Key point. The tax code provides several protections available to churches in the event the IRS serves notice of a “church tax inquiry” or “church tax examination.”
A federal district court in South Carolina rejected an attempt by a religious corporation to block an IRS summons seeking the production of the corporation’s bank records at eight banks.
A religious corporation (the “plaintiff”) was incorporated as a nonprofit entity in 1972. In its early years, the plaintiff’s primary function was to produce and broadcast a weekly radio program. At some point, the plaintiff began a weekly faith-based television program. In 2015, the plaintiff was informed by the IRS that it had been selected for audit and that the IRS would be seeking access to its bank records. The plaintiff’s accountant informed the IRS agent in charge of the audit that the plaintiff was claiming church status and all the protections of the Church Audit Procedures Act (section 7611 of the tax code). In response, the IRS sent the plaintiff a “notice of church tax inquiry” listing the following areas of concern:
- Whether the plaintiff had engaged in excess benefit transactions with disqualified persons. The IRS noted that the plaintiff’s chief officer was paid $371,445 in “reportable compensation” plus an additional $48,000 in “other compensation,” described as a parsonage allowance. The next highest paid employee received compensation of $125,596, consisting of a base salary and “commission income based on a fixed percentage of broadcast placement revenue.”
- Whether the plaintiff had received unrelated (and unreported) business income from the rental of various properties.
- Whether all compensation was properly reported on W-2s.
- Whether the plaintiff’s claim of church status was warranted.
The notice asked for several items of information regarding the plaintiff’s religious activities, revenue and expenses, and detailed information on compensation paid to the officers. The plaintiff did not respond to these inquiries on the ground that the IRS officer who signed the notice was “director, exempt organizations,” and not a “high level IRS official” required to sign any notice of church tax inquiry by section 7611 of the tax code.
The IRS informed the plaintiff that “because you did not provide the information we requested, we still think an examination of the organization’s books and records may be necessary.” This letter identified the same concerns previously noted (possible excess benefit transactions, receipt of unrelated business income, failure to report all compensation, and claim of church status).
Rather than further pursuing a church tax examination, the IRS issued summonses to the plaintiff’s banks in 2016. The plaintiff sought to quash the eight summonses on the following grounds:
(1) The purpose was improper because the summonses were issued in support of a church tax inquiry that was not properly authorized under section 7611.
The court noted that section 7611 of the tax code, which incorporates the Church Audit Procedures Act, defines a “church tax inquiry” as “any inquiry to a church to serve as a basis for determining” whether the church is exempt from tax due to its status as a church or is subject to taxation for some other reason (e.g., because it is carrying on an unrelated trade or business). IRC 7611(h)(2).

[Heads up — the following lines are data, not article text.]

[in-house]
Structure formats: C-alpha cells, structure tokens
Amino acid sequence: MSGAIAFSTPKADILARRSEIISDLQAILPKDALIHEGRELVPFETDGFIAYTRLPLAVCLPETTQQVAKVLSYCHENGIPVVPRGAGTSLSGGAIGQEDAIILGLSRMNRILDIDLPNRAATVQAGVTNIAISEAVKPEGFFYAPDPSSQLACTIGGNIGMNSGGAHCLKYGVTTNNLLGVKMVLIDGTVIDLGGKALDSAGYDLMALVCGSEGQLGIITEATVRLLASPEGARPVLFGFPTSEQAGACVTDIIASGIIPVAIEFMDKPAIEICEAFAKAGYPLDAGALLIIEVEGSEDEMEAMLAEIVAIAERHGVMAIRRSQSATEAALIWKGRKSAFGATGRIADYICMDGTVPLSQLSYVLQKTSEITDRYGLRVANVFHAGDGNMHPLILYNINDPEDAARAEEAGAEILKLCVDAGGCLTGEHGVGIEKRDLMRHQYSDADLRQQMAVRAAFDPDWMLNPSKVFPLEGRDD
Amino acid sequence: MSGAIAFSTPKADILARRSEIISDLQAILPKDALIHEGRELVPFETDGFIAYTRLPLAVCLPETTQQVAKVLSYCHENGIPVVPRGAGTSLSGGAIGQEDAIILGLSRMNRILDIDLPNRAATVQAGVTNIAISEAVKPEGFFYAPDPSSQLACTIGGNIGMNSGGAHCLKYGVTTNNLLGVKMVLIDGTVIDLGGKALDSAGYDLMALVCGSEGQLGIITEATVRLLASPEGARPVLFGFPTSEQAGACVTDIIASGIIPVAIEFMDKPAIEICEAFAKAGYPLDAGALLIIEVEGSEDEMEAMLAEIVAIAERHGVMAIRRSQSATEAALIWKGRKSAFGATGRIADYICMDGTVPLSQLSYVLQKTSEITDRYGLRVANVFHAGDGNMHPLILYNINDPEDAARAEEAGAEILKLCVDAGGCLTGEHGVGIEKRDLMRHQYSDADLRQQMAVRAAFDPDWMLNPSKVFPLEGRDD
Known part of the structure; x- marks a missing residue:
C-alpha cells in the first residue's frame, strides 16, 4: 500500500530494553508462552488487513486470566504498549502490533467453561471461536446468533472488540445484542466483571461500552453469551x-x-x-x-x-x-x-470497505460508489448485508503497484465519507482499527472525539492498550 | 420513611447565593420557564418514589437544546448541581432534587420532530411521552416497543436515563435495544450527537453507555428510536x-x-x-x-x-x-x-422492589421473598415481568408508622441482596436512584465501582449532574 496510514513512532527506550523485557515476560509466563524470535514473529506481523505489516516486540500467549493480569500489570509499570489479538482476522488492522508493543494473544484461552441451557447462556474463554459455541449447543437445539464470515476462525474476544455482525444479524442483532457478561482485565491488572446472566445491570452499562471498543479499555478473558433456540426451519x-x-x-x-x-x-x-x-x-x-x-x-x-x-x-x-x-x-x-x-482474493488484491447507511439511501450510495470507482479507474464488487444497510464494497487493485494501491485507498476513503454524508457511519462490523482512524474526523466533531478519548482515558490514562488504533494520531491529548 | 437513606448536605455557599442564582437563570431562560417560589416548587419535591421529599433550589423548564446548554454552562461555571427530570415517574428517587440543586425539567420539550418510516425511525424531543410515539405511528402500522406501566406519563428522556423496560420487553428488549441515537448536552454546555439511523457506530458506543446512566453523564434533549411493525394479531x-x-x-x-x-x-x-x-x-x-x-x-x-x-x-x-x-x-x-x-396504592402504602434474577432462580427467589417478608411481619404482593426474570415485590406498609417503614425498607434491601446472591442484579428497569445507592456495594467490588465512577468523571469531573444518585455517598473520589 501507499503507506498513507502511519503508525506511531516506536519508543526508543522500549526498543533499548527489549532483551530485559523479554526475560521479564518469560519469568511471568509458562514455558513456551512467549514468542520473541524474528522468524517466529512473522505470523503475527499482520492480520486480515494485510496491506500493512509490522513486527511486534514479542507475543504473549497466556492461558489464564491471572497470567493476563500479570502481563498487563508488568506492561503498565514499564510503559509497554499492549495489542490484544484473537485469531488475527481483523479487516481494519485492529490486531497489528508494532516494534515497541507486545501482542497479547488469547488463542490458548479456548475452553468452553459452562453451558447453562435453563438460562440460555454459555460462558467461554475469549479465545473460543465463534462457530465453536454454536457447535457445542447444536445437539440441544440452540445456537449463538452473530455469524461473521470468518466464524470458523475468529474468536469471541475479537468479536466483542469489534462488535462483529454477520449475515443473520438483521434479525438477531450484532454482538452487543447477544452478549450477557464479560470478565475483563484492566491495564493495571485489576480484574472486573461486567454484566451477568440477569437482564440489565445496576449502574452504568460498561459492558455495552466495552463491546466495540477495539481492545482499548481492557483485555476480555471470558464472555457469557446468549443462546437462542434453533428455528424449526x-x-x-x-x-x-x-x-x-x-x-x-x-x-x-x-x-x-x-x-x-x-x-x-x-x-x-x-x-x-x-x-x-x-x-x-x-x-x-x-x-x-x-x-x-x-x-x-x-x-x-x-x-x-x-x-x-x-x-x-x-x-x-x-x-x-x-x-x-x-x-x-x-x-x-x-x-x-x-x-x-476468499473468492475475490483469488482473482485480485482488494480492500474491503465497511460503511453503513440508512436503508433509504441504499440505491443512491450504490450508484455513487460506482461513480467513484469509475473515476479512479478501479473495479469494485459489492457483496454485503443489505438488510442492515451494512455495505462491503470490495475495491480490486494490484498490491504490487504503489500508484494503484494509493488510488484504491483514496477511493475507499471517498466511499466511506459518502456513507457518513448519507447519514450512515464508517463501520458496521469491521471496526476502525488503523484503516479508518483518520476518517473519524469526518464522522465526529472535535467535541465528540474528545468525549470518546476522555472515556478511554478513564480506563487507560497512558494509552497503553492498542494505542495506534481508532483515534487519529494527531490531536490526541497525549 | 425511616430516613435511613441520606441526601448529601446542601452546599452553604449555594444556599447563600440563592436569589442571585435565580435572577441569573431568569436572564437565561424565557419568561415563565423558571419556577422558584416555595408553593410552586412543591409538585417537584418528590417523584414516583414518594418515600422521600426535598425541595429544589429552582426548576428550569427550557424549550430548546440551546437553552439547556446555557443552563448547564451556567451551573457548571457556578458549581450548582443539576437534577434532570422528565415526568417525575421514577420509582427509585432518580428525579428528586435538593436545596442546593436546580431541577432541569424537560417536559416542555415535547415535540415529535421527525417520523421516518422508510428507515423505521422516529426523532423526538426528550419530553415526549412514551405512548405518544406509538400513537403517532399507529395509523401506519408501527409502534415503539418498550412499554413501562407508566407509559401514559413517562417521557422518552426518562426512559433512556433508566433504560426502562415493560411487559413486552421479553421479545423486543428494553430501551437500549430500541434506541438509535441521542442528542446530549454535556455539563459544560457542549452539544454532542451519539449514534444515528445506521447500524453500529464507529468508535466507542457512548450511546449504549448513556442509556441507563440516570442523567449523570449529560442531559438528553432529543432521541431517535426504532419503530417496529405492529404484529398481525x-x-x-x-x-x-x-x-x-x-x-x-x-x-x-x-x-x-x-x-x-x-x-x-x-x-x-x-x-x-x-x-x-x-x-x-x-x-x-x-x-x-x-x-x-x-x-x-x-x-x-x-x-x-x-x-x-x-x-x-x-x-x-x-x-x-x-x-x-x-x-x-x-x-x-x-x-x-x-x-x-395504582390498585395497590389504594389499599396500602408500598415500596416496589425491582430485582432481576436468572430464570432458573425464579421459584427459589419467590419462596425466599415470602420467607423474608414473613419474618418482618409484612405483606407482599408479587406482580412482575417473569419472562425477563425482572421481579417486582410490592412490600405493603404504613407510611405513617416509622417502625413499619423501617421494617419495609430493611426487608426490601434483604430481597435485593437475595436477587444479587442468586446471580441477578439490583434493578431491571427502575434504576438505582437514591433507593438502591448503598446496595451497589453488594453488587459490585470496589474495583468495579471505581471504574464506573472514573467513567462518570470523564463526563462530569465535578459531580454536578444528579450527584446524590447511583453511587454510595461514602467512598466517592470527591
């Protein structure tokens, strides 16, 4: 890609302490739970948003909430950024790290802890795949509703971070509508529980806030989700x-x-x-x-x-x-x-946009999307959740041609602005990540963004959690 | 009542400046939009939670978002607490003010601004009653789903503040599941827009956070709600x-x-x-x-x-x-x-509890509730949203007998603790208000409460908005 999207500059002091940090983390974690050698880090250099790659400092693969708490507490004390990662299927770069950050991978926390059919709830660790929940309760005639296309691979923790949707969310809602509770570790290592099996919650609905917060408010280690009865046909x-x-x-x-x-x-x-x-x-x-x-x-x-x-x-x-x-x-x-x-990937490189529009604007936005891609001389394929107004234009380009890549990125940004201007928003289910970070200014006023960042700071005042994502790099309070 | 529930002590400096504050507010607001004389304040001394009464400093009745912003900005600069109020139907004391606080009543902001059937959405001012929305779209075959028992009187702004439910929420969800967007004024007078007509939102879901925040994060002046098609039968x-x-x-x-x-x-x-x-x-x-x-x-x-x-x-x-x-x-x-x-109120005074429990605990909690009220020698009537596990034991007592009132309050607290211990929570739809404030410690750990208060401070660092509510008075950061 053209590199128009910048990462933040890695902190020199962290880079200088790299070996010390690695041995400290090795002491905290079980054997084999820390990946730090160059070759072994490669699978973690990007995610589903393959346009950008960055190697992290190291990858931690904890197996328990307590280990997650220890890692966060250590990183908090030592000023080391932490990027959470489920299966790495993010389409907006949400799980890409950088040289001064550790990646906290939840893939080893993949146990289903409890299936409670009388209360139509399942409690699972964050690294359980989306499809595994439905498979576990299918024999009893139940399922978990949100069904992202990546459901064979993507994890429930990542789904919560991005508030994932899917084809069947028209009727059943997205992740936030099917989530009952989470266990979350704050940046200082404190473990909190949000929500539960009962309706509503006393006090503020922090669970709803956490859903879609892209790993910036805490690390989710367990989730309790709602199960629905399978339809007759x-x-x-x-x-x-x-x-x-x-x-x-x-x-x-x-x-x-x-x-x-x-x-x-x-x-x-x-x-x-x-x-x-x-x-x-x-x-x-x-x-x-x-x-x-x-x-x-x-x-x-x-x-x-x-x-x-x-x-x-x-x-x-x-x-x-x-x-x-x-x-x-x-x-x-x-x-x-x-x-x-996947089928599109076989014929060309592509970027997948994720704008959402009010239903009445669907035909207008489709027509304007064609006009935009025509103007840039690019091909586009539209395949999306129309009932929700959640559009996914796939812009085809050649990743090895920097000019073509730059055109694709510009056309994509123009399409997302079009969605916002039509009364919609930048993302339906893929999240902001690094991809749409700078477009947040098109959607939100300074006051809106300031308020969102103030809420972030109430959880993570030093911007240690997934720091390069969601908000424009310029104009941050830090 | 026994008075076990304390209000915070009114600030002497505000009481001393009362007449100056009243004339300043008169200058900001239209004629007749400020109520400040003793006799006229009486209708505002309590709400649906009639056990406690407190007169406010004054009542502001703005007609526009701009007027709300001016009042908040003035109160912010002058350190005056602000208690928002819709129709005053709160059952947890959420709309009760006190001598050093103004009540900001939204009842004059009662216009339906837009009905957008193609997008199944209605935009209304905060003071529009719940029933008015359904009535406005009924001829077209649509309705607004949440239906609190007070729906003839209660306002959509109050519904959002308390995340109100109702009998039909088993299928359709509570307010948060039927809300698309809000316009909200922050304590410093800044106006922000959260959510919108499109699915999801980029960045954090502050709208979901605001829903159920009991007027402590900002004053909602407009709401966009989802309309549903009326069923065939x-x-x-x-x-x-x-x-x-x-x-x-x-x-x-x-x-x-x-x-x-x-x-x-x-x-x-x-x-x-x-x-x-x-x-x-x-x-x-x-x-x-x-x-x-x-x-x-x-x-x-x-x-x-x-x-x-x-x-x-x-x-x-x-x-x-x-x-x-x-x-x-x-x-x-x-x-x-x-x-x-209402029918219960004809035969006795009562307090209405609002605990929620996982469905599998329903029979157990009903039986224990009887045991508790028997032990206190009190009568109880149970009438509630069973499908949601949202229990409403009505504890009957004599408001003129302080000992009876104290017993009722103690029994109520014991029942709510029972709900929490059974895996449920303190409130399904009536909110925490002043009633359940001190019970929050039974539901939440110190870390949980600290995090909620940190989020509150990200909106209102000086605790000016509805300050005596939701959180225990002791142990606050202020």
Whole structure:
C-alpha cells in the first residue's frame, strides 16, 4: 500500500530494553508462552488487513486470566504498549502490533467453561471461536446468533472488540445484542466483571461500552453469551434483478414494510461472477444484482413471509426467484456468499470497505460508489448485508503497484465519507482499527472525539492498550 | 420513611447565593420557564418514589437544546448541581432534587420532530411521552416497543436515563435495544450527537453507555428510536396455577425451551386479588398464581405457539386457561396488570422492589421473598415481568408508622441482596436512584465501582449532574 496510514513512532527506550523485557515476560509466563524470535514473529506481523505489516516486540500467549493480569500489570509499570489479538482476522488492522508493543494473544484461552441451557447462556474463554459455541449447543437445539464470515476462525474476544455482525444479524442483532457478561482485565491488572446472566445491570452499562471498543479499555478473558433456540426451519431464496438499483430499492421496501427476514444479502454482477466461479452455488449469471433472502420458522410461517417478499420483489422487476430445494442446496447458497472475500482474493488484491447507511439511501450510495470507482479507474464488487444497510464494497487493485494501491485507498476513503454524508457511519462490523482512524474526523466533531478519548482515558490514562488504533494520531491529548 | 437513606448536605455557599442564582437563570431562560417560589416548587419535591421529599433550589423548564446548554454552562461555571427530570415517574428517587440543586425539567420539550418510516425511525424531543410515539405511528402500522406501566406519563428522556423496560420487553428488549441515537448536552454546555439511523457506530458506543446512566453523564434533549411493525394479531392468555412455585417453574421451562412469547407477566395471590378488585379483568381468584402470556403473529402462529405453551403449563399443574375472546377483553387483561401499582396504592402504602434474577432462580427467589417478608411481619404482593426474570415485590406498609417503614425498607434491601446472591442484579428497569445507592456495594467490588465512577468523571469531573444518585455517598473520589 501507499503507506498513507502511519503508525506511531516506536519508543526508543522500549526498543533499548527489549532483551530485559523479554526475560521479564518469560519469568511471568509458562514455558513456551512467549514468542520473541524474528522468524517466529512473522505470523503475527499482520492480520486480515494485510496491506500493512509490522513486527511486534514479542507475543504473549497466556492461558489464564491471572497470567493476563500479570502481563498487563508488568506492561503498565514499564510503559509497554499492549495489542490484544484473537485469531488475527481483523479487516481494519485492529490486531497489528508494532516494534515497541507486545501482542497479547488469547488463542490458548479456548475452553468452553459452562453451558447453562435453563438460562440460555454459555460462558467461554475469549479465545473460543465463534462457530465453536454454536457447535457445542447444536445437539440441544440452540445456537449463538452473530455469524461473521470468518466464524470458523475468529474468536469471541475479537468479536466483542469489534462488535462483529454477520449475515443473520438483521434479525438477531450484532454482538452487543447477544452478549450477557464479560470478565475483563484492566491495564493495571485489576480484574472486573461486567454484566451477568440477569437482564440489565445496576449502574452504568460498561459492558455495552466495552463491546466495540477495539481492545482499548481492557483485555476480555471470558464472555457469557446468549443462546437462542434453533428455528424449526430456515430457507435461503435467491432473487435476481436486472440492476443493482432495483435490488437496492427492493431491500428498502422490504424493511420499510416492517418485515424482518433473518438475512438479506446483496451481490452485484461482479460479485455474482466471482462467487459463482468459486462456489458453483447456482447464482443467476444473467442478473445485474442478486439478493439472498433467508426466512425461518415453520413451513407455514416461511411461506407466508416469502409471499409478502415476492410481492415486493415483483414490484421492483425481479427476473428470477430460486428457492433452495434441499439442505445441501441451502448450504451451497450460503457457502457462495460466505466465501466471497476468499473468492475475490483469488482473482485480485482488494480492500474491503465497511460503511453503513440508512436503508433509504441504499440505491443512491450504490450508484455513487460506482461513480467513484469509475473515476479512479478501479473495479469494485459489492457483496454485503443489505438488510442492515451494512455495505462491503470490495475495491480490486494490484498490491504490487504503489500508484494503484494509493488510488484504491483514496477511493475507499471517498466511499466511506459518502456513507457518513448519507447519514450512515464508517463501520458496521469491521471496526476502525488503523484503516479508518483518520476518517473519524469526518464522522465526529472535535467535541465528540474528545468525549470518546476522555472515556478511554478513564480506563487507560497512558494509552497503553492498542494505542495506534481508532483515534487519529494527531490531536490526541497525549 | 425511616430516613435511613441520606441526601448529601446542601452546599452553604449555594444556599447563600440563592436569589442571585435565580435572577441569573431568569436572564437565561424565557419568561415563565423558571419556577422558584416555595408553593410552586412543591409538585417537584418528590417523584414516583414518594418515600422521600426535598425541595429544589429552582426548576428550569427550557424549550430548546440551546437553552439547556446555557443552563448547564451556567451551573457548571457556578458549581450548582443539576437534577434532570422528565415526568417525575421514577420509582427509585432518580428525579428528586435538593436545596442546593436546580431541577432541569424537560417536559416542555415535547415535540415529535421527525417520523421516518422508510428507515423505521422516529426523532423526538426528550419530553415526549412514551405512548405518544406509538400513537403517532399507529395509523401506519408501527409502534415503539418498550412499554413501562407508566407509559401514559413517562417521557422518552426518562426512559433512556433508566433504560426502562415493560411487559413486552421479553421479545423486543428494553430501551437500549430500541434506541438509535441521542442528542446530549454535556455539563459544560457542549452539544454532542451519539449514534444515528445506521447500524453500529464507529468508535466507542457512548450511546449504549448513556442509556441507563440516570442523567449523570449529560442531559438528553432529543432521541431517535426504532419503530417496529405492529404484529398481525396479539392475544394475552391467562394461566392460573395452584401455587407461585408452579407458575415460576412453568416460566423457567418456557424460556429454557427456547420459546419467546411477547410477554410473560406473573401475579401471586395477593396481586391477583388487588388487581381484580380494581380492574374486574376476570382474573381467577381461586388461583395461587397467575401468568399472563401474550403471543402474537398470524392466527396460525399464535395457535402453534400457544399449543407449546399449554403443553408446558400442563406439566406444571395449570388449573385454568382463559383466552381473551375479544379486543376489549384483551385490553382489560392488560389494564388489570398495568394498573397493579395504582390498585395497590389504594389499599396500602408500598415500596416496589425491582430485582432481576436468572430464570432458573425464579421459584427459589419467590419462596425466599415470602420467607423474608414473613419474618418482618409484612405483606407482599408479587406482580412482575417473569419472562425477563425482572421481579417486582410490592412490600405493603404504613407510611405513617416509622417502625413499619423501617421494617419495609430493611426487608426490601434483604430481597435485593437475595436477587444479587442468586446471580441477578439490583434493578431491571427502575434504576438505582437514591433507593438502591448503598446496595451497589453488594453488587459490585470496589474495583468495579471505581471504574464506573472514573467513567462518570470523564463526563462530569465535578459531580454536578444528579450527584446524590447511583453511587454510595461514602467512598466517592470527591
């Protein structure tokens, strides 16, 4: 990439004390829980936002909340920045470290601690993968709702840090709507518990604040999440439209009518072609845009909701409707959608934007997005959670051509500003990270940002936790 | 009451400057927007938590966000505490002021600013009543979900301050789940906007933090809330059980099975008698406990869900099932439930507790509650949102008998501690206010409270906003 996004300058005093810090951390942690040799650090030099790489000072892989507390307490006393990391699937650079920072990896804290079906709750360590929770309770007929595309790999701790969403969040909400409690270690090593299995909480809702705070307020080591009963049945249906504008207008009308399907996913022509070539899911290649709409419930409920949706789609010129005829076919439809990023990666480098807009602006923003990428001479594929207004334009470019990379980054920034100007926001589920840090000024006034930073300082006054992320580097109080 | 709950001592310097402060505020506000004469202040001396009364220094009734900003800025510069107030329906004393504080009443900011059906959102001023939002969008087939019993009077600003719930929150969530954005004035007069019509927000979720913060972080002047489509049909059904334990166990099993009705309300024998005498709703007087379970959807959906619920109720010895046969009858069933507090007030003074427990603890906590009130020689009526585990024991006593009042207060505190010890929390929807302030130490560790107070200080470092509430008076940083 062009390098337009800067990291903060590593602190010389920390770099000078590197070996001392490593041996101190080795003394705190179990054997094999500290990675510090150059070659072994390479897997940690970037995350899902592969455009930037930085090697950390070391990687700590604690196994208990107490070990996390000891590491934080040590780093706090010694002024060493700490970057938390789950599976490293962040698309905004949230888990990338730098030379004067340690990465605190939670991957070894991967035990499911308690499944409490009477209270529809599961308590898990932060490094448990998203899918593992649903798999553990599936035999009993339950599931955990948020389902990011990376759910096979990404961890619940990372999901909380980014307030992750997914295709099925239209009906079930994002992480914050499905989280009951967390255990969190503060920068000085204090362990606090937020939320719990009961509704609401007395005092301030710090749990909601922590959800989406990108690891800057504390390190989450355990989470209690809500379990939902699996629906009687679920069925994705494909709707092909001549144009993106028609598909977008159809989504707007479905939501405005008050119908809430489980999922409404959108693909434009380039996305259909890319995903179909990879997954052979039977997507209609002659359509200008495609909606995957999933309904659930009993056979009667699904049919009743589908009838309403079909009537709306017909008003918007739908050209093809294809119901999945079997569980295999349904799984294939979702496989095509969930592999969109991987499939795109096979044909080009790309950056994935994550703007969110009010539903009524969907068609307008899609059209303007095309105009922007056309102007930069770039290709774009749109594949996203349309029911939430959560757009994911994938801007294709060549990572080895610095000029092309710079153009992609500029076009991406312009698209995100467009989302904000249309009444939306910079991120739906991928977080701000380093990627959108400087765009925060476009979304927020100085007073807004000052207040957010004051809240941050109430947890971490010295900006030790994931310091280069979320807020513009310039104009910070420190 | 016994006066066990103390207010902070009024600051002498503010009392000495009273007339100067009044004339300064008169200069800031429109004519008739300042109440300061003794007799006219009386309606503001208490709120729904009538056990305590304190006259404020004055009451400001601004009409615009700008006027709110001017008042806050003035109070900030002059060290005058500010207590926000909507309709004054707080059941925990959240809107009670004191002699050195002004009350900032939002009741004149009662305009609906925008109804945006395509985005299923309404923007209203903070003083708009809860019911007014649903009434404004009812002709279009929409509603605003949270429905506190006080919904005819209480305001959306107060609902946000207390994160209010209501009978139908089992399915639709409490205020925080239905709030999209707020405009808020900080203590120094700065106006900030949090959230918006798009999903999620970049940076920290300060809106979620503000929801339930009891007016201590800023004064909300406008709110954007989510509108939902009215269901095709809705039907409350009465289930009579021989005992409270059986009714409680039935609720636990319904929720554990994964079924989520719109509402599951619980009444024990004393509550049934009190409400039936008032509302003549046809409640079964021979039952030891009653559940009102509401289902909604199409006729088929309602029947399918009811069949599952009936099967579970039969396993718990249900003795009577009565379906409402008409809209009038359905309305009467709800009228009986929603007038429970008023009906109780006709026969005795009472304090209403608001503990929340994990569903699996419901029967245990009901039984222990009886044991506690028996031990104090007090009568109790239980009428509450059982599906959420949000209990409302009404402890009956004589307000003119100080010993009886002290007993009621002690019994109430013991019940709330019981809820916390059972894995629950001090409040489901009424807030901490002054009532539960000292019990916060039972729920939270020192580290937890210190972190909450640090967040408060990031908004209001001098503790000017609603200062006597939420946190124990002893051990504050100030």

Section 7611 defines a “church tax examination” as any examination of (A) Church Records at the request of the IRS, or (B) the religious activities of any church. IRC 7611(h)(3). “Church Records” is defined to exclude records acquired “pursuant to a summons to which Section 7609 applies.” IRC 7611(h)(4). “Thus, church tax inquiries and church tax examinations are two distinct investigatory tools used for the same purpose and are directed to the church or to records in the church’s custody (as opposed to church-related records held by a third party).”
The court continued:
Presumably because church examinations are more intrusive, section 7611 provides that a church must be offered a conference before a church tax examination is conducted. Church records and activities may, moreover, only be examined “to the extent necessary to determine” liability for tax or whether the entity was, in fact, operating as a church during the relevant period ….
Third-party summonses are governed by section 7609, not section 7611, even when the summons is issued in connection with a church tax inquiry …. Legislative history confirms that section 7611 is inapplicable to third-party summonses …. The House Conference report [in connection with section 7609] stated the “church audit procedures” did not apply to examination of the types of third-party records sought here, explaining as follows: “Records held by third parties (e.g., cancelled checks or other records in the possession of a bank) are not considered church records for purposes of the conference agreement. Thus … the IRS is permitted access to such records without regard to the requirements of the church audit procedures.